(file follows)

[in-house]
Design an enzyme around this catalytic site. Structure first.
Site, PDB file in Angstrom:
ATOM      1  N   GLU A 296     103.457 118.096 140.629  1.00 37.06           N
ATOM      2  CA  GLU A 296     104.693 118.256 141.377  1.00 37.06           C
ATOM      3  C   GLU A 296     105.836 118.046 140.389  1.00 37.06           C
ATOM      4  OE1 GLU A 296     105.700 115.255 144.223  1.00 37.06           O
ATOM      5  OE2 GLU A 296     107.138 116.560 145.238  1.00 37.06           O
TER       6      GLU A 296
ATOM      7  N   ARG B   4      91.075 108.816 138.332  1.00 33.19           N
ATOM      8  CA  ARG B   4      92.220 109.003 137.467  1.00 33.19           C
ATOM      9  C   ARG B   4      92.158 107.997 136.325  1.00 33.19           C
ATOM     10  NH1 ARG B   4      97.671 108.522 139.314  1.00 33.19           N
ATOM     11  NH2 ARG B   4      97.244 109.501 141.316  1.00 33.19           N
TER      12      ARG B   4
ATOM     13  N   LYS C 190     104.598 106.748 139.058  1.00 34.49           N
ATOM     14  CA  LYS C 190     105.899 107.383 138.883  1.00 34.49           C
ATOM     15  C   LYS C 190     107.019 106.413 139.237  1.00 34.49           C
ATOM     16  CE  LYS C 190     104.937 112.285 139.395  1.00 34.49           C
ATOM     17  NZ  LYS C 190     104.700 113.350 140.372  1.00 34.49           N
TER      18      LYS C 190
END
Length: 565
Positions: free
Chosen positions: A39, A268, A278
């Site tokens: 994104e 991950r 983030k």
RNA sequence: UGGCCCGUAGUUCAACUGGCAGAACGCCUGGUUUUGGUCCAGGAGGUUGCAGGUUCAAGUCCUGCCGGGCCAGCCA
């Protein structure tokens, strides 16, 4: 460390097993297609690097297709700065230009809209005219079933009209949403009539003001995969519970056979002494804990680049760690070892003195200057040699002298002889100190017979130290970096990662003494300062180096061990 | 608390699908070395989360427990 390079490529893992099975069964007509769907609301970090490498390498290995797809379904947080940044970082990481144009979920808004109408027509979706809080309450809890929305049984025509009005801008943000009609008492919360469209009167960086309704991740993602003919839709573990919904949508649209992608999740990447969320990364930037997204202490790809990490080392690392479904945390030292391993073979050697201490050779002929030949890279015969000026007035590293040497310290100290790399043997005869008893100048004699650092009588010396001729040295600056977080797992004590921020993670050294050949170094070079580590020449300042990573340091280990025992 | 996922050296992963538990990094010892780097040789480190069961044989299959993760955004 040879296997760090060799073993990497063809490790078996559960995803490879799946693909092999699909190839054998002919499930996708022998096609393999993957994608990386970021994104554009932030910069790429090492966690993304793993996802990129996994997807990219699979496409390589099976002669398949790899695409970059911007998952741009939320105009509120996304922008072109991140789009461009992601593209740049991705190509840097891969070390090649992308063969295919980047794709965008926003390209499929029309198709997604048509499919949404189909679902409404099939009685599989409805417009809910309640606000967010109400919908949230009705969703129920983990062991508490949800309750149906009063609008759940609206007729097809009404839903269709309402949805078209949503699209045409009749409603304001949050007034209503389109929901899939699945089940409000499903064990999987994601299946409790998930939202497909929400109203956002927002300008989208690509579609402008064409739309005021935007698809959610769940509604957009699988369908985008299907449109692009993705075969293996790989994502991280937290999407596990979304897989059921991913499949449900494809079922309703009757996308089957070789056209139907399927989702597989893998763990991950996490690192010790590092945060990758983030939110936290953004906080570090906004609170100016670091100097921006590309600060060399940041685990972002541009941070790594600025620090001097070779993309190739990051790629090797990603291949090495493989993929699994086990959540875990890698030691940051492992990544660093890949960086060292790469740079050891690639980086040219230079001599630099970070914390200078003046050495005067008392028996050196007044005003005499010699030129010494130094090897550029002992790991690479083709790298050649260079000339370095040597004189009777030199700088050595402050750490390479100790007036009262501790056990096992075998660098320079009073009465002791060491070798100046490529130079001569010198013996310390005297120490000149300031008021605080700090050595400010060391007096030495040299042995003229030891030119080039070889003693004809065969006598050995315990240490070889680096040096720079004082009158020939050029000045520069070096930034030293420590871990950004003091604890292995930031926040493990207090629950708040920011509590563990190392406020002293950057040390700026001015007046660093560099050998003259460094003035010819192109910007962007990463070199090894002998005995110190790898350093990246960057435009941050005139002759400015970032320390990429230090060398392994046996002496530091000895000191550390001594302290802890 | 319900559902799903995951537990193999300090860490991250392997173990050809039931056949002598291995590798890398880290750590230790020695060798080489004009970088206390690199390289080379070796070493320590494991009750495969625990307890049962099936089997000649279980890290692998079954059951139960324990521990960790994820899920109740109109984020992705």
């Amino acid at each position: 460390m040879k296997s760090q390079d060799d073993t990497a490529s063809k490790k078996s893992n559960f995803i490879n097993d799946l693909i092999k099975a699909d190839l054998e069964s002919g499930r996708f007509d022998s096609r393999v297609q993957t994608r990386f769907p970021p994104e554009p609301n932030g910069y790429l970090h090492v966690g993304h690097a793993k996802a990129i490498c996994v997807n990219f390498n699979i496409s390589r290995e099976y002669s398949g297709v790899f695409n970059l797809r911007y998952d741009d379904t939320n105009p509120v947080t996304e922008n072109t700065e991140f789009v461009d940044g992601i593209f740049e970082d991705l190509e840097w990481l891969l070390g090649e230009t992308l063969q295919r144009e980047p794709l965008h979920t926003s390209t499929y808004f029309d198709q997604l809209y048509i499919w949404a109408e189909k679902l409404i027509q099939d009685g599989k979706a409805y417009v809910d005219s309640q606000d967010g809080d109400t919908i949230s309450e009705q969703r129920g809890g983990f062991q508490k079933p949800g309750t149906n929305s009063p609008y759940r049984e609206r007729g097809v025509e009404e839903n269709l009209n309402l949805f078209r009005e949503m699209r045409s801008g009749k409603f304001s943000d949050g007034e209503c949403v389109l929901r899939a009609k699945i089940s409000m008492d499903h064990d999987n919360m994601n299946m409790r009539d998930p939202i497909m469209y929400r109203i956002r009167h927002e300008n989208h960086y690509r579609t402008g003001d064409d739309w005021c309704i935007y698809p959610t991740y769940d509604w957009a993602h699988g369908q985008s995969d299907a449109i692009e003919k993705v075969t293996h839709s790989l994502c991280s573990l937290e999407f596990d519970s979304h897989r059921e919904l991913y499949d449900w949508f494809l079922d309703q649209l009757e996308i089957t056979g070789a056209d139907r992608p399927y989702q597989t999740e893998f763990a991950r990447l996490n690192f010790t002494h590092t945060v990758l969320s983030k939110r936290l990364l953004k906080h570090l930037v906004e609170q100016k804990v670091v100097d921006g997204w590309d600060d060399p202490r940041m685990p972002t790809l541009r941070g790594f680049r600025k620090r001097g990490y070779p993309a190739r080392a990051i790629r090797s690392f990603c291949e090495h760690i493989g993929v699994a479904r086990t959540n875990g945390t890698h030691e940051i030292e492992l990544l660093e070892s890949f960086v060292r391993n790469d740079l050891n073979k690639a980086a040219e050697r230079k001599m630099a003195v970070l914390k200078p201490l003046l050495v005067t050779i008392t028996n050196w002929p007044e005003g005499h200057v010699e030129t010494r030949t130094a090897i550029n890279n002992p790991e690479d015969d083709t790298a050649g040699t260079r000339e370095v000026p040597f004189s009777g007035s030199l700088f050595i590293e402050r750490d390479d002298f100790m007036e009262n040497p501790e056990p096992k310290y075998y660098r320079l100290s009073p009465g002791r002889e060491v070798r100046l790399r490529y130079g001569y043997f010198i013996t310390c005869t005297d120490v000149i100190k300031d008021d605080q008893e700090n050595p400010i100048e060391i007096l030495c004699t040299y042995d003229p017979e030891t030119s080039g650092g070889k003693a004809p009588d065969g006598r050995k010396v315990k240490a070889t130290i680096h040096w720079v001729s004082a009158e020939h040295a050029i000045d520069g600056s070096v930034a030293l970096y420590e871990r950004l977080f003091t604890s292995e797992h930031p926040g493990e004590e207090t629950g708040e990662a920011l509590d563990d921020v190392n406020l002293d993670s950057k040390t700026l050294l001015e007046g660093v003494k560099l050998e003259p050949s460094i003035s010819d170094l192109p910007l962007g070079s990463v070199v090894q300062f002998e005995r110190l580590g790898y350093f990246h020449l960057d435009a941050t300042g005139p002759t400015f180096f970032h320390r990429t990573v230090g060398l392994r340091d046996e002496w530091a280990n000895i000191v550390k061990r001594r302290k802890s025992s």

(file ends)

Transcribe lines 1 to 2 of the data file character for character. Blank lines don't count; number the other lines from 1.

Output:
[in-house]
Design an enzyme around this catalytic site. Structure first.